Tubenose Goby

Tube Nose Goby

(Proterorhinus semilunaris)
*Established in Michigan waters*

Report this species:

Use the Midwest Invasive Species Information Network (MISIN) online reporting tool 

- Or - download the MISIN smartphone app and report from your phone -



  • Small – up to 11 cm.
  • Mottled brown coloration with small scales
  • Conjoined pectoral fins, 2 dorsal fins
  • Tube-shaped protuberance extending from each anterior nostril
  • Lines on first dorsal fin (no spot like round goby)

tubenose goby illustration
Illustration by Joseph R. Tomelleri, Ontario's Invading Species Program

Habitat: Slightly brackish to freshwater habitats are preferred.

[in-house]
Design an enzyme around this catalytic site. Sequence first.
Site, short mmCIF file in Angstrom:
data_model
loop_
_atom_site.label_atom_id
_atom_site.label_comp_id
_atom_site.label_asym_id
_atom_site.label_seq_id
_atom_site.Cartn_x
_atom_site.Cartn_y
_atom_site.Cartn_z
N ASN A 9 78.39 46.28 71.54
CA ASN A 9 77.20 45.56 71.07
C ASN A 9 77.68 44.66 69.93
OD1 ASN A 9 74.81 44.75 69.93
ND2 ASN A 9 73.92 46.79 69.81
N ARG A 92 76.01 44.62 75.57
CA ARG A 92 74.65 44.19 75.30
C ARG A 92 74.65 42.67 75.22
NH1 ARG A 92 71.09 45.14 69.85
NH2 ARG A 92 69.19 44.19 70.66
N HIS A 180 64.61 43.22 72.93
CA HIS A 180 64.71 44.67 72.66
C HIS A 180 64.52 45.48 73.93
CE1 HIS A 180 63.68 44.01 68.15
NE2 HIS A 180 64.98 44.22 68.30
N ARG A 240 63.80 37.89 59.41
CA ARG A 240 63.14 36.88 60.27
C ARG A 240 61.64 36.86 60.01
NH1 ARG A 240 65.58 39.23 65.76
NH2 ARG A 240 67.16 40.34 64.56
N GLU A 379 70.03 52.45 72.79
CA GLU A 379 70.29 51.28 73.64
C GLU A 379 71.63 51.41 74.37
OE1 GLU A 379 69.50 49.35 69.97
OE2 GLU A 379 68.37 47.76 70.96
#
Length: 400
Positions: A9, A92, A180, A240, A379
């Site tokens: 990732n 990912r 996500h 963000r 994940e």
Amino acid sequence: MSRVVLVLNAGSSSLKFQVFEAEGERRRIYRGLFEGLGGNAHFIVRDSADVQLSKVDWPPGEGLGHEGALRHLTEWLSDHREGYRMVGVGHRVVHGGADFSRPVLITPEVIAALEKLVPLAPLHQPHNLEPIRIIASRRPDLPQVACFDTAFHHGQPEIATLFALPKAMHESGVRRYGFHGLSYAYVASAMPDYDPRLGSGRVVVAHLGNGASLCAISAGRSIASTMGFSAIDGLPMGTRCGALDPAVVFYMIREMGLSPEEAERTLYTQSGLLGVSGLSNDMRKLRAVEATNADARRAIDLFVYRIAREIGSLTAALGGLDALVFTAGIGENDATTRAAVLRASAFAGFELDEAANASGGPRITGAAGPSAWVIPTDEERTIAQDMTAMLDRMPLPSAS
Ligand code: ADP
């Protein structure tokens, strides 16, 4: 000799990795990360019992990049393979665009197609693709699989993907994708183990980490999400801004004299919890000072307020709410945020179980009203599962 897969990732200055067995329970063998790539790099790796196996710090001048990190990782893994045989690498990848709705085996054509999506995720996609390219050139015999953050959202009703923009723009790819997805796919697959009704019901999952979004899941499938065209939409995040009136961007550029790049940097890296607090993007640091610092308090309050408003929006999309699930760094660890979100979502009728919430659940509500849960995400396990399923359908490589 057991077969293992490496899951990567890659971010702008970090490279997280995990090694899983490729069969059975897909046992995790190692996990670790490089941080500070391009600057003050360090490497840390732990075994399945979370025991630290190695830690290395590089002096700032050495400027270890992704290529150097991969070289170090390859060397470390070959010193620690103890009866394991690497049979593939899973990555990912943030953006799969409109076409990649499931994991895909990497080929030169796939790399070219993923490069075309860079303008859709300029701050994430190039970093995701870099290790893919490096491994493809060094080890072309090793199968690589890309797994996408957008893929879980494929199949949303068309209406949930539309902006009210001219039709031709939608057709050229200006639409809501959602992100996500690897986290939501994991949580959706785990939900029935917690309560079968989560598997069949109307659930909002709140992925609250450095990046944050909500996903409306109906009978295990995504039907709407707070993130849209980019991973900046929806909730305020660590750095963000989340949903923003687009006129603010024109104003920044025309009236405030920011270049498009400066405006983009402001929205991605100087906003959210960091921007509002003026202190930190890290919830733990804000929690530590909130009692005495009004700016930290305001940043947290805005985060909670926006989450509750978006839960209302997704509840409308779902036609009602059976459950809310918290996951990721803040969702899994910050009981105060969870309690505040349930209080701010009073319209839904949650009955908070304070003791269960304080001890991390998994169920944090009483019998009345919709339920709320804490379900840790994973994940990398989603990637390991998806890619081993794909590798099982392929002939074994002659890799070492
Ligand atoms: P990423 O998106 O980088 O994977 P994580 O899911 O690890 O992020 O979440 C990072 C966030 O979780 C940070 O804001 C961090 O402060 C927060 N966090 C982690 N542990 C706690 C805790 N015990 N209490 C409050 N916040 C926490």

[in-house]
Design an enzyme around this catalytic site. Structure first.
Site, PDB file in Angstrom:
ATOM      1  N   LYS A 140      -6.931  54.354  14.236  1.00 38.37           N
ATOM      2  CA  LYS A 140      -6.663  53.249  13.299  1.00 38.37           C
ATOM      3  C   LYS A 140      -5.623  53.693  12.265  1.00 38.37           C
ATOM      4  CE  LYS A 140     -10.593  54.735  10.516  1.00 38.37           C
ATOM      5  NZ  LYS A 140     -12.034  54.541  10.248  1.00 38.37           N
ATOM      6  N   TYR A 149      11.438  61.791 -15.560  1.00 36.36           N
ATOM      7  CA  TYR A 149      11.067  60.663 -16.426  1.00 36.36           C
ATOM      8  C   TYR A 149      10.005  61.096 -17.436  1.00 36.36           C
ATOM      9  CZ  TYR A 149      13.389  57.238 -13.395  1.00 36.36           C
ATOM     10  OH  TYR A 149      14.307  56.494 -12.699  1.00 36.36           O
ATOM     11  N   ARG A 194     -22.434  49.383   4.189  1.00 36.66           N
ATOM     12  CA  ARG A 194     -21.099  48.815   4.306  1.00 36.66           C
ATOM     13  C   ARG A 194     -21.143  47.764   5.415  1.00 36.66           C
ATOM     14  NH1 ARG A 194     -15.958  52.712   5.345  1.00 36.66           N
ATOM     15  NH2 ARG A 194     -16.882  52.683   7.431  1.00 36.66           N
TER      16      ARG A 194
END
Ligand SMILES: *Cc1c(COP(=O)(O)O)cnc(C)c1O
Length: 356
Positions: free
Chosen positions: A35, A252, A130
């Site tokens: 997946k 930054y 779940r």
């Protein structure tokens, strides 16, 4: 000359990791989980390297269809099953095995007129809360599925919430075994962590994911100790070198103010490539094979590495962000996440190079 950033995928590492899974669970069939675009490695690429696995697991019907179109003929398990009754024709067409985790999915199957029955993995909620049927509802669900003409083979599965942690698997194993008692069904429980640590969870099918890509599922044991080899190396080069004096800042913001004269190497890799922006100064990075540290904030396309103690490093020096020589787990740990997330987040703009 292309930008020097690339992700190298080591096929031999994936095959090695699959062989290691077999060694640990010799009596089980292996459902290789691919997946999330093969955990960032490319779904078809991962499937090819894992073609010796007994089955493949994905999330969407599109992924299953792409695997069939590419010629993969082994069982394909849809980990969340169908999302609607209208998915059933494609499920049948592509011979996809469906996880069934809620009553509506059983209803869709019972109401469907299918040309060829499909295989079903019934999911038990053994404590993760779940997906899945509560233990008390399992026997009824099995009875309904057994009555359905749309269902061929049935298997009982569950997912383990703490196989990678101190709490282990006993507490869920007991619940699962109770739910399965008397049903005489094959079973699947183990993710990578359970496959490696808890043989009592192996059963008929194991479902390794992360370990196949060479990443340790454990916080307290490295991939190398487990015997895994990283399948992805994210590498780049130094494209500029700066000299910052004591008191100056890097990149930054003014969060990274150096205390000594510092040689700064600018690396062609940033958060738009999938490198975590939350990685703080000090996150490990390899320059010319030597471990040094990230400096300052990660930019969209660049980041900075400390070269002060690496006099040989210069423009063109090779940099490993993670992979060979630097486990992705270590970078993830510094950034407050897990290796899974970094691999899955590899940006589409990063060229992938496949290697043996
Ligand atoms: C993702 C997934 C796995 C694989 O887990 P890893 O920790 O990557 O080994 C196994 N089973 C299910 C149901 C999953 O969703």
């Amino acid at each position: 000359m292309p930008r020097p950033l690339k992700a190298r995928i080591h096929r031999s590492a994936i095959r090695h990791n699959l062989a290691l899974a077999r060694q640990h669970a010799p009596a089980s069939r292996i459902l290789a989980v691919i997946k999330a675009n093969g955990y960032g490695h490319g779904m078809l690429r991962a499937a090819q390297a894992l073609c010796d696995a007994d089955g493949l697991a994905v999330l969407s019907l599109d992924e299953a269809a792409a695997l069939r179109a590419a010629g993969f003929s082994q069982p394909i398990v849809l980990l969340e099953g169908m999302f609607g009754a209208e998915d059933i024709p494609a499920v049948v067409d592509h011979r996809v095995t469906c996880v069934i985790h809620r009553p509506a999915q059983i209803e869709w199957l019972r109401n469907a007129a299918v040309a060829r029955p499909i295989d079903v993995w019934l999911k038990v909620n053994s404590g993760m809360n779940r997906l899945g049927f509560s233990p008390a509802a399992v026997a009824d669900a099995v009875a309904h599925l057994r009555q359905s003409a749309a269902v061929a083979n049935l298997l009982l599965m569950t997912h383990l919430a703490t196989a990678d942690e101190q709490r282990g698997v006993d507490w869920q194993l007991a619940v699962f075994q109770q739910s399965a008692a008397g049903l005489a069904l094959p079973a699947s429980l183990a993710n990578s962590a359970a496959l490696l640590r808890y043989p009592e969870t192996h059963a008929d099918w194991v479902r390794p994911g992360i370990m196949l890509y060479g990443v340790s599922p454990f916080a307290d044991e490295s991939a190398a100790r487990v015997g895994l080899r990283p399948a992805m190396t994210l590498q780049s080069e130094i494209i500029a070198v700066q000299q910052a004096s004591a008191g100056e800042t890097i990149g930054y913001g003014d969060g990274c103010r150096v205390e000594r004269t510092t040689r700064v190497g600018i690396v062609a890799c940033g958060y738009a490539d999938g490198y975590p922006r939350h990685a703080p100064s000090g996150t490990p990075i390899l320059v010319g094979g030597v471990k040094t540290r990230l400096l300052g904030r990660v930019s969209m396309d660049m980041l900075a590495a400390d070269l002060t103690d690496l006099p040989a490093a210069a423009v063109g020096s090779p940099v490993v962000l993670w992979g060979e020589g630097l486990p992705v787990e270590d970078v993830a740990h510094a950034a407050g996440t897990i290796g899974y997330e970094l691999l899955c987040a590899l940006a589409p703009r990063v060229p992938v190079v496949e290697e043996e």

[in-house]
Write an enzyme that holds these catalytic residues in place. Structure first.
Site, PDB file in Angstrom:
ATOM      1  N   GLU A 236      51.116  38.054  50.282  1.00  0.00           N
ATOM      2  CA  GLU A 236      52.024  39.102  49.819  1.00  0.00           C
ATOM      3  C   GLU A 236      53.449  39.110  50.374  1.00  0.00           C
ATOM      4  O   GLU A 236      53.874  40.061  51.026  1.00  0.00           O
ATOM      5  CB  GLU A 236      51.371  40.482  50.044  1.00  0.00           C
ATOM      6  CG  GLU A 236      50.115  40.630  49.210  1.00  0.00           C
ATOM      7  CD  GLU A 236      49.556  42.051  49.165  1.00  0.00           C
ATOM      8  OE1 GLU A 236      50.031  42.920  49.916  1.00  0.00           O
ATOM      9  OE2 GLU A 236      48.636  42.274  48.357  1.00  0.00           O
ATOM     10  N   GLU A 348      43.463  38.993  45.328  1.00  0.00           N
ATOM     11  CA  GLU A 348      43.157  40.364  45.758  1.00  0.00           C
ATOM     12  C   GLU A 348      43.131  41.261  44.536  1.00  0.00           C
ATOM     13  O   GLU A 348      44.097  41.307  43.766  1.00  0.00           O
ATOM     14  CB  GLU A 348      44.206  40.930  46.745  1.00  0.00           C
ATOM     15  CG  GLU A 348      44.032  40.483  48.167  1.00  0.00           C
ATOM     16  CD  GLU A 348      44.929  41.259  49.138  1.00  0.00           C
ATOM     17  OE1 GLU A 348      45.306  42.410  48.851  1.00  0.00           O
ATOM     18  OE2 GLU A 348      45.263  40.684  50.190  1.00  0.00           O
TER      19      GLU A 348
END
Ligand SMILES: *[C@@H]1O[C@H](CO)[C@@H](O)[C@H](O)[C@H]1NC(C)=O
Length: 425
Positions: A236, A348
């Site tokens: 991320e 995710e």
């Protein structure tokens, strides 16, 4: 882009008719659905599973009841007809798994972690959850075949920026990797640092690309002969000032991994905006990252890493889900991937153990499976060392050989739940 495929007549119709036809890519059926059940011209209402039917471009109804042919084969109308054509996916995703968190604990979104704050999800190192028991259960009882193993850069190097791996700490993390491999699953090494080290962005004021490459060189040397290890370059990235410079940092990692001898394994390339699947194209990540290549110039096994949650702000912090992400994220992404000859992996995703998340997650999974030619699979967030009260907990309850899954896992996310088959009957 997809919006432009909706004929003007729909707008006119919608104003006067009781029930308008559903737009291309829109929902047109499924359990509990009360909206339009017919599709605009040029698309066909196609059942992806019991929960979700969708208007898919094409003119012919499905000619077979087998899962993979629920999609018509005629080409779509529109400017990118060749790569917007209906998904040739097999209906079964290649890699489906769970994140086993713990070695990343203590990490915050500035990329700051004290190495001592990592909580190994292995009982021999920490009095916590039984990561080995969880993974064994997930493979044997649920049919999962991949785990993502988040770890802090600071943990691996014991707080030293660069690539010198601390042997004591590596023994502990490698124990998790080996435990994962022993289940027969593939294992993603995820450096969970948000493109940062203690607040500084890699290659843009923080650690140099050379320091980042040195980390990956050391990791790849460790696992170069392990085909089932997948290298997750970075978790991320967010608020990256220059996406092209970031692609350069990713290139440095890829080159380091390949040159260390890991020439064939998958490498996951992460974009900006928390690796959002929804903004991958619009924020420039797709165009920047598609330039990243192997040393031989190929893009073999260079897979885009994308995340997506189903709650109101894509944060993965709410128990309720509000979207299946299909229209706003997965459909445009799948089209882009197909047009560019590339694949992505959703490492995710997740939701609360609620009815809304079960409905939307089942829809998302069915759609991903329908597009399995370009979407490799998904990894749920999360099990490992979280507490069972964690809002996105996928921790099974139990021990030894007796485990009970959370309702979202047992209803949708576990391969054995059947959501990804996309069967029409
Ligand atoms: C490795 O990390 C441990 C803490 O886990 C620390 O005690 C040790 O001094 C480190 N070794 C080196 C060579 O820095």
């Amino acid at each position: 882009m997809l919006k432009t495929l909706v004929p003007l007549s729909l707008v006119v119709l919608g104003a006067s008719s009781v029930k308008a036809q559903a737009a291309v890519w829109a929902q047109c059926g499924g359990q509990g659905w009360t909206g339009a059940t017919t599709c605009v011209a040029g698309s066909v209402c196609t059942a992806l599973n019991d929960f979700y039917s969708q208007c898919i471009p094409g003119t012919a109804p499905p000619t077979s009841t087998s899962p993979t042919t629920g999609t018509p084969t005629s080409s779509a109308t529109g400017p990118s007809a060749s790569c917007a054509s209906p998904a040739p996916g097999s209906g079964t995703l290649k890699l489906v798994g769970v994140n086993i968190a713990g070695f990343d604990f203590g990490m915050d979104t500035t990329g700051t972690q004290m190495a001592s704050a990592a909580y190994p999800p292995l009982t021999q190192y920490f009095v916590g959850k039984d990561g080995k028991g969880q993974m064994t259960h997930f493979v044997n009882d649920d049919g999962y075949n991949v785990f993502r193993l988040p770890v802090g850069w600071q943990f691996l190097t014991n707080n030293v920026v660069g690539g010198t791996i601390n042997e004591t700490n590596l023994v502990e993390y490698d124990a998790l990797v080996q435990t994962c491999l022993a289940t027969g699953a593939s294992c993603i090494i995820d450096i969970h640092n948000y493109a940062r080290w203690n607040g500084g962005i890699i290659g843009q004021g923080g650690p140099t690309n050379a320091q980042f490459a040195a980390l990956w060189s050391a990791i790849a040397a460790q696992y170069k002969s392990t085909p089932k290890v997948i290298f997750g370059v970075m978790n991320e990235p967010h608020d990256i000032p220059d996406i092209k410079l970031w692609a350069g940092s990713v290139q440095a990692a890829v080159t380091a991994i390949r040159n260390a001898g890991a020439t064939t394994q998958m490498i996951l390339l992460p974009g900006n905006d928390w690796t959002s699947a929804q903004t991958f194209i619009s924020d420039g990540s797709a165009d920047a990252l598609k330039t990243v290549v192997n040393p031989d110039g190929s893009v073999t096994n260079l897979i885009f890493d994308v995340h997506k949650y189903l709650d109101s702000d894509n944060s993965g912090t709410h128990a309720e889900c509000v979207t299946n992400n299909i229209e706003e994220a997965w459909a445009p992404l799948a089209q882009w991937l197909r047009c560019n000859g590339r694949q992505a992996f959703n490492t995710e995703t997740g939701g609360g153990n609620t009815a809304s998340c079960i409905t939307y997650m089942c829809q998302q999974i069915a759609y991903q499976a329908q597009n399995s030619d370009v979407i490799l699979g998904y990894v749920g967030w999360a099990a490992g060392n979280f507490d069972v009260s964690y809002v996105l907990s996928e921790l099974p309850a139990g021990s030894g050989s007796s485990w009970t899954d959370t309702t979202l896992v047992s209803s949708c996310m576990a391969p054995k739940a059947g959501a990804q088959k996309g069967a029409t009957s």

Diet: Tubenose goby eat primarily benthic invertebrates such as amphipods.

Native Range: Black, Caspian, and Aral Seas, the Sea of Azov and rivers in northern Aegean

U.S. Distribution: They have been introduced to the Great Lakes basin and inhabit Lakes Superior, Erie, Huron, and are abundance in Lake St. Clair and the St. Clair River.

Local Concern: Dietary requirements put this species in strong competition with native darter populations in the Great Lakes.

Means of Introduction: It is believed that tubenose gobies made their way to the Great Lakes basin via ballast water introduction.

Native look-alikes and how you can tell them apart from tubenose goby:

  • Spoonhead Sculpin: pelvic fins not fused, all fins lightly speckled except for clear pelvic fins, scaleless body
  • Slimy Sculpin: pelvic fins not fused, scaleless body
  • Mottled Sculpin: pelvic fins not fused, dark spots all over first dorsal fin, scaleless body
  • Deepwater Sculpin: pelvic fins not fused, scaleless body


Tubenose Goby Invasive Species Alert (printable PDF)